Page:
Roles in the Corps: LAVs
Grandprey: My name is Sergeant Alex Grandprey and I'm an 0313 LAV crewman. I started out as a driver and I moved up to gunner for deployment and then now I'm a vehicle commander. When I started out, I was basically responsible for maintaining the vehicle and providing a smooth and stable platform while the vehicle is moving for the gunner to be able to operate from. When I moved up to the gun, I wasn't only responsible for the turret, but I was also responsible in training the driver to make sure that he was upkeeping the vehicle properly. Now that I've moved up to vehicle commander position, it's my job to ensure that the gunner is taking care of his piece and also assisting in training both of the Marines into their positions so that they're able to succeed in the future. On the crew, the relationship that we share, we have to be tight. If there's one piece that is missing from the puzzle, then the vehicle as a whole is going to fail. So everybody needs to be doing their part. Ideal missions for light-armed vehicle crewmen is any form of reconnaissance in front of the battalion landing team. They're pretty much the fastest land vehicles the United States Marine Corps has. They're rated at 62.2 miles per hour. A lot of the vehicles will travel faster than that, but that's what the slowest one will travel. Additionally, one light-armored reconnaissance company will carry more fire power than an entire infantry straight-leg battalion. So if you combined maneuverability with fire power, there's no match for us. With any type of reconnaissance, our mission isn't to go out and seek and destroy. It's more or less to go out, engage targets within capability, but also provide a layout of the terrain and obstacles that the platoon landing team would come across as they were moving up. With the Marine Corps being as small as it is, it does rely heavily on everybody upholding their part, be it from a guy in the air wing to a guy on the deck in Iraq or Afghanistan. Everybody's piece comes together. A mission that really defined for me that I absolutely love my job was at Twentynine Palms going through the combined arms effects, you had the entire company of LAVs rolling and working together, we were calling in air artillery, and there's no other unit that's made to fight like we are. We prepare for readiness by constantly training, always maintaining the vehicles and always maintaining the mindset that we're the first to fight. I love being a Marine because there's nothing else I was made to do. We are the force in readiness.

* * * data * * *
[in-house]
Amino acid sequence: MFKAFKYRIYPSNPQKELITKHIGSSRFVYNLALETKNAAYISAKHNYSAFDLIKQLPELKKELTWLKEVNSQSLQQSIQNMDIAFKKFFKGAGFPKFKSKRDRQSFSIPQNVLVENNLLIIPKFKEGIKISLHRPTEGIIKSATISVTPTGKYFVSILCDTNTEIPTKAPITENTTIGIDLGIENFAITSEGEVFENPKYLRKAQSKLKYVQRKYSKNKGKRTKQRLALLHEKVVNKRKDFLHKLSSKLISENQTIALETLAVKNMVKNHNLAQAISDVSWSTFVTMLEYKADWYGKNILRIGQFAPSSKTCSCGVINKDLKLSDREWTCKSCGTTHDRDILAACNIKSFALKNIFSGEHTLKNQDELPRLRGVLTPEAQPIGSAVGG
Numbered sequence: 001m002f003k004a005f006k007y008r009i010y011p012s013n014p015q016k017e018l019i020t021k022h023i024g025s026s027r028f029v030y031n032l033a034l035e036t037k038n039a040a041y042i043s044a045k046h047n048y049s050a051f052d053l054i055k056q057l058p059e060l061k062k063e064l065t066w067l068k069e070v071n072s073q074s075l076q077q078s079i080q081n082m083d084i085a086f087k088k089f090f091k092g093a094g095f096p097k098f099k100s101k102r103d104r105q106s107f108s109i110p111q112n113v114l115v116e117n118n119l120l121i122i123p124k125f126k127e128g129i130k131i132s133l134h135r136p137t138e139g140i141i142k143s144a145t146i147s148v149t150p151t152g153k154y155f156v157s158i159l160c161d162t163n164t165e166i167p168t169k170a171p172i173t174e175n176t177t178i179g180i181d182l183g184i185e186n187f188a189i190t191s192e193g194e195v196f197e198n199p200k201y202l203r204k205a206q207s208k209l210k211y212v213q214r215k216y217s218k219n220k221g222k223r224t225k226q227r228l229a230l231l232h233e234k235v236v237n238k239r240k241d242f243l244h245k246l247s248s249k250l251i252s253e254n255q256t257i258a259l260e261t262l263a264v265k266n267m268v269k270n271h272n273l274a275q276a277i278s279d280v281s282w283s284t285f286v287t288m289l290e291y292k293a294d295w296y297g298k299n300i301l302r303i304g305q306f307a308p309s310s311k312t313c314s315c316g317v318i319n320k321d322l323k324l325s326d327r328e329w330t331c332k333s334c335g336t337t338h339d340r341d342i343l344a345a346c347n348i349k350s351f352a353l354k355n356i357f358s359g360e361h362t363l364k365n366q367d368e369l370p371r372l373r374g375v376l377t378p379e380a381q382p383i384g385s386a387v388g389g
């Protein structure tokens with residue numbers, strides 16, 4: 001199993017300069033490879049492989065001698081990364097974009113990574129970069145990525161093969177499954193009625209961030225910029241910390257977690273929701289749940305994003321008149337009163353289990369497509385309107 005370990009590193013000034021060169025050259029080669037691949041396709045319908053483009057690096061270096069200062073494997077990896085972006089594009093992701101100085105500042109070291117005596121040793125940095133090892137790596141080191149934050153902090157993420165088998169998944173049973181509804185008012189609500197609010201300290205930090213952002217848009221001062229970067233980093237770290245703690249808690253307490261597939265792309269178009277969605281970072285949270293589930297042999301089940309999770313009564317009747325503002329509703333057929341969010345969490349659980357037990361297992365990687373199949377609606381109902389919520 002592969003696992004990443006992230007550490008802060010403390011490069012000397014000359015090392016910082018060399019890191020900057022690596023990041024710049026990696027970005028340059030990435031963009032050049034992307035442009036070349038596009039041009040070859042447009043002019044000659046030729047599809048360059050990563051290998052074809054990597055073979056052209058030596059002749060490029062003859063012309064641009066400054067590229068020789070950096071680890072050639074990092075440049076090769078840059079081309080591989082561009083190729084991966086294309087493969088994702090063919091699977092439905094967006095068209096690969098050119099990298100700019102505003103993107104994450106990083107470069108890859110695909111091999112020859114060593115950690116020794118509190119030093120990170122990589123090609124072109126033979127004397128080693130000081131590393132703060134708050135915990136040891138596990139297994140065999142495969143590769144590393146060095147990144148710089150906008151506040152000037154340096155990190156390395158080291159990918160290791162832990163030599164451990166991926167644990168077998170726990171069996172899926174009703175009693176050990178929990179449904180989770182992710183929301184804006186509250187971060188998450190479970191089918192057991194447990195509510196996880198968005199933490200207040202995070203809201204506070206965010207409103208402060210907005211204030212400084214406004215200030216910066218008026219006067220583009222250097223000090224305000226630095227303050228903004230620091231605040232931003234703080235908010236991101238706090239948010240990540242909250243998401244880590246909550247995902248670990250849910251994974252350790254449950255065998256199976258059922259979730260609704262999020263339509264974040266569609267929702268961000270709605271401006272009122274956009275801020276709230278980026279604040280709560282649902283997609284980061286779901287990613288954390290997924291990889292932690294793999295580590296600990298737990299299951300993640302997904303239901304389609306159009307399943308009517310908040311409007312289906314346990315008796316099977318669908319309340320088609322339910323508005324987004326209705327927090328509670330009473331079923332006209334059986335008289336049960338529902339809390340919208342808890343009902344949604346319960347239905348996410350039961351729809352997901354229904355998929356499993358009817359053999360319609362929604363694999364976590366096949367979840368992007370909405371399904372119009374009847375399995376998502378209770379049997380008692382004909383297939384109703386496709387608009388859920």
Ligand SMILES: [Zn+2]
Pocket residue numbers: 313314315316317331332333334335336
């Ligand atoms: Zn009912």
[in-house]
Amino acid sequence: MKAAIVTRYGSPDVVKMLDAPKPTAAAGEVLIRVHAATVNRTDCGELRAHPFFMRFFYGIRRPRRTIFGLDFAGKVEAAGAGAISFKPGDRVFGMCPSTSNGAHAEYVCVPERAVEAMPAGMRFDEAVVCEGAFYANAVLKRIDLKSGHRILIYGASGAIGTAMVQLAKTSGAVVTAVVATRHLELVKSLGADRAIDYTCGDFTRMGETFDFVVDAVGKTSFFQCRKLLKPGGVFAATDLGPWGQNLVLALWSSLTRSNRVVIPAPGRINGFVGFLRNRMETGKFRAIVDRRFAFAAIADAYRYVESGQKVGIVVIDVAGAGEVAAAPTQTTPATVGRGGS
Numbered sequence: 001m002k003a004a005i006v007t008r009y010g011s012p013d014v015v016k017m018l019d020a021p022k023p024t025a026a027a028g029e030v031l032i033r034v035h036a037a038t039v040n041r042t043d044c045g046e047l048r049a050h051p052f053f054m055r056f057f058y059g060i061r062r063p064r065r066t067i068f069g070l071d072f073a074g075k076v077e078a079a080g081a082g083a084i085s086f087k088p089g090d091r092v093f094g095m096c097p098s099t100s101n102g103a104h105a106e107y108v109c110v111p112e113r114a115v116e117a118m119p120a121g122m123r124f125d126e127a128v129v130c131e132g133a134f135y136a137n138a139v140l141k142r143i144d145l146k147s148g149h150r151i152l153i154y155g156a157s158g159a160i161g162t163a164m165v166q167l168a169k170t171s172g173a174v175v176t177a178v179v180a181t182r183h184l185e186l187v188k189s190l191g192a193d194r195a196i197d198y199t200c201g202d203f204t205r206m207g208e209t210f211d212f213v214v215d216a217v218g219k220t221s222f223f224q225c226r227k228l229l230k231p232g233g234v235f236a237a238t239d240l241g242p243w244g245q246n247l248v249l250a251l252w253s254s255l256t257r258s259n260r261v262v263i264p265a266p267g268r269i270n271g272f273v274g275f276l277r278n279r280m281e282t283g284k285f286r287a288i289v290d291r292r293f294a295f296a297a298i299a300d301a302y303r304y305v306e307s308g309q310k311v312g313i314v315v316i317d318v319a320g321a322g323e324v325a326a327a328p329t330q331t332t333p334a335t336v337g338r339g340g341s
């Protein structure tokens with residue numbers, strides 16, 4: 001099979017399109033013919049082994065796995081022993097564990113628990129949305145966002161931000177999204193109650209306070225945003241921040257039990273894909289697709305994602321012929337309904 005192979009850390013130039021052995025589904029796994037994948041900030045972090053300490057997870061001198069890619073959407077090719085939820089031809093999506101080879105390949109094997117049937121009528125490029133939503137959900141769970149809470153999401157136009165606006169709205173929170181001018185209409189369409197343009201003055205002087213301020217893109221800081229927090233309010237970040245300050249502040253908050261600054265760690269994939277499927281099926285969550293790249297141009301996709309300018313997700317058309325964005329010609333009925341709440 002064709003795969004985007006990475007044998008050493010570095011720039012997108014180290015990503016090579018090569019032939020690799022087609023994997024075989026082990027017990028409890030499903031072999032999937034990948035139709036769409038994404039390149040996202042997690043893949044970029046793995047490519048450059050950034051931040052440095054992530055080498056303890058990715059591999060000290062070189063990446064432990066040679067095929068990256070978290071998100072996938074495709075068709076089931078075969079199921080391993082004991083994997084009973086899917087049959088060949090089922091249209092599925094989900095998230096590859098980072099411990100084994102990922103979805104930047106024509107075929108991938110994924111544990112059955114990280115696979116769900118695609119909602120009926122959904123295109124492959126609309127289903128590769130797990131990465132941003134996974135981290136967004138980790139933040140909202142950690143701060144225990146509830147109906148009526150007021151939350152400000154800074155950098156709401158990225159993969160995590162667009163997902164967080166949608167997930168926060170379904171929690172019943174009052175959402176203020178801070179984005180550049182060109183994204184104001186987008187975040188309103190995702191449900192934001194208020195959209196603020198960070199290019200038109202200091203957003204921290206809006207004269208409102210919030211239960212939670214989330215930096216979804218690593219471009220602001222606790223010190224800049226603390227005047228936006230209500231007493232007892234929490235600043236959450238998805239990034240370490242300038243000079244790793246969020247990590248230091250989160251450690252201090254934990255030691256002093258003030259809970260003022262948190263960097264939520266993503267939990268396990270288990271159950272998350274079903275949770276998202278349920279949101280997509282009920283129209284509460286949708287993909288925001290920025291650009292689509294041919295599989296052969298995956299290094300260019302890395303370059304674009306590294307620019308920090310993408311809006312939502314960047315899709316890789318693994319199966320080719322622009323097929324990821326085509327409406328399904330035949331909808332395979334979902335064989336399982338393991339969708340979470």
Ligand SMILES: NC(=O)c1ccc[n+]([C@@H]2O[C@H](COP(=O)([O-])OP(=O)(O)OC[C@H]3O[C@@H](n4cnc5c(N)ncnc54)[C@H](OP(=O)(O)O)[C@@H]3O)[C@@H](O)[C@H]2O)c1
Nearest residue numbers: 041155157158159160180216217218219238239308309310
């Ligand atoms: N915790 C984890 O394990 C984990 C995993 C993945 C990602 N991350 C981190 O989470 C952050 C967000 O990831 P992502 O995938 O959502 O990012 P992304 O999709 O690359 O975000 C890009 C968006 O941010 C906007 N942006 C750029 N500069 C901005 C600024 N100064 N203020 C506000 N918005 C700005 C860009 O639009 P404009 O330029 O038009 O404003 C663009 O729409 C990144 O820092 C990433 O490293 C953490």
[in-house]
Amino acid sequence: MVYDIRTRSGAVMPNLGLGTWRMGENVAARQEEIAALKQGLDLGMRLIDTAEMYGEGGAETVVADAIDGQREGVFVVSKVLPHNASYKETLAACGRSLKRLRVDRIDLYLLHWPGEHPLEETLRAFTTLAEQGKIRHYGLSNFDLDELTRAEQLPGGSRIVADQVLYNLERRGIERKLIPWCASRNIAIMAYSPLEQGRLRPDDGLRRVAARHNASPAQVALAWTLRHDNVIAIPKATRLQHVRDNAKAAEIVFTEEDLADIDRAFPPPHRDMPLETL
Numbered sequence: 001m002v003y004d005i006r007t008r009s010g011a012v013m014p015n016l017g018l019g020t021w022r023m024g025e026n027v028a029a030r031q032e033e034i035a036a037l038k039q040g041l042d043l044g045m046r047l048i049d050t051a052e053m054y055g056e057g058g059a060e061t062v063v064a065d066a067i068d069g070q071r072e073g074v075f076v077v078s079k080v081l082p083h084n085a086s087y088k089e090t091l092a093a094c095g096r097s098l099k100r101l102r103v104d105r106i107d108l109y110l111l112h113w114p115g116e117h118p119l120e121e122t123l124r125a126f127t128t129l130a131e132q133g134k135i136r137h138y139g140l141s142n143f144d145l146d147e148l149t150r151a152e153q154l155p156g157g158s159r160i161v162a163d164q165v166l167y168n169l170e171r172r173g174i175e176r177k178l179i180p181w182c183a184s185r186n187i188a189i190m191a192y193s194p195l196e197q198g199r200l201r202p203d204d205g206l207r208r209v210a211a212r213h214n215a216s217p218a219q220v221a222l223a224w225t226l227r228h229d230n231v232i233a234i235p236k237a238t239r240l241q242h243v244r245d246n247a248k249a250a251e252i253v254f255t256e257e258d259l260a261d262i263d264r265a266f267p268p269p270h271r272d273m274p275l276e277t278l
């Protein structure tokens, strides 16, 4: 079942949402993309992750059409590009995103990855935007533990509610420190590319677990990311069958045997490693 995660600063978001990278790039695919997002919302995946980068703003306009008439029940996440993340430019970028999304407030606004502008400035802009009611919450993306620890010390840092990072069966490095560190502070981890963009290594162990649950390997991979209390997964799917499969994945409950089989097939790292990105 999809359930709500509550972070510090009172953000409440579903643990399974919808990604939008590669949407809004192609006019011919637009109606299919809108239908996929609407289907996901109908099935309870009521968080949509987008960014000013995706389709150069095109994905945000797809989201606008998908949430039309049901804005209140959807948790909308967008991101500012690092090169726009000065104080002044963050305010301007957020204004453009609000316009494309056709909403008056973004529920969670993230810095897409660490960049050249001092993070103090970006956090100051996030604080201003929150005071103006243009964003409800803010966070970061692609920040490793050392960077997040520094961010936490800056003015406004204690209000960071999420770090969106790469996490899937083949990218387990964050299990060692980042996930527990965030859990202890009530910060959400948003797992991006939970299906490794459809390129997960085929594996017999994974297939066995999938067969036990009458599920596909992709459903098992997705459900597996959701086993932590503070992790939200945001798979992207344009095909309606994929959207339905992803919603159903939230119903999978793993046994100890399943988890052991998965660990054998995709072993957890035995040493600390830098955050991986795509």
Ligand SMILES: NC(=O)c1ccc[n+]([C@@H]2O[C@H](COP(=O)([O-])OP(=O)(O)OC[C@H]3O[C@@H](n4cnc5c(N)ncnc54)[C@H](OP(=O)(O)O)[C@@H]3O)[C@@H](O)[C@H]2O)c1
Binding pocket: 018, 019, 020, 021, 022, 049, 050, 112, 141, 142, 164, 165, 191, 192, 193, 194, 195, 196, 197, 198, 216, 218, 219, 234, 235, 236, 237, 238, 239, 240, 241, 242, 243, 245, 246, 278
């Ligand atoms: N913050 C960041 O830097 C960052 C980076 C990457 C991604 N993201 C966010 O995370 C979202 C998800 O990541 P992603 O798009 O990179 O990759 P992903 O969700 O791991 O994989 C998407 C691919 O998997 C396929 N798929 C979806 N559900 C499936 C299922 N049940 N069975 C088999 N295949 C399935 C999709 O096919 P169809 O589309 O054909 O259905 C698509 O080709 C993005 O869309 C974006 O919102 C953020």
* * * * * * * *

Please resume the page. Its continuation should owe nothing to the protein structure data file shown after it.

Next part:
Editors note: On June 27, 2016, LAV Crewman was renamed LAV Marine.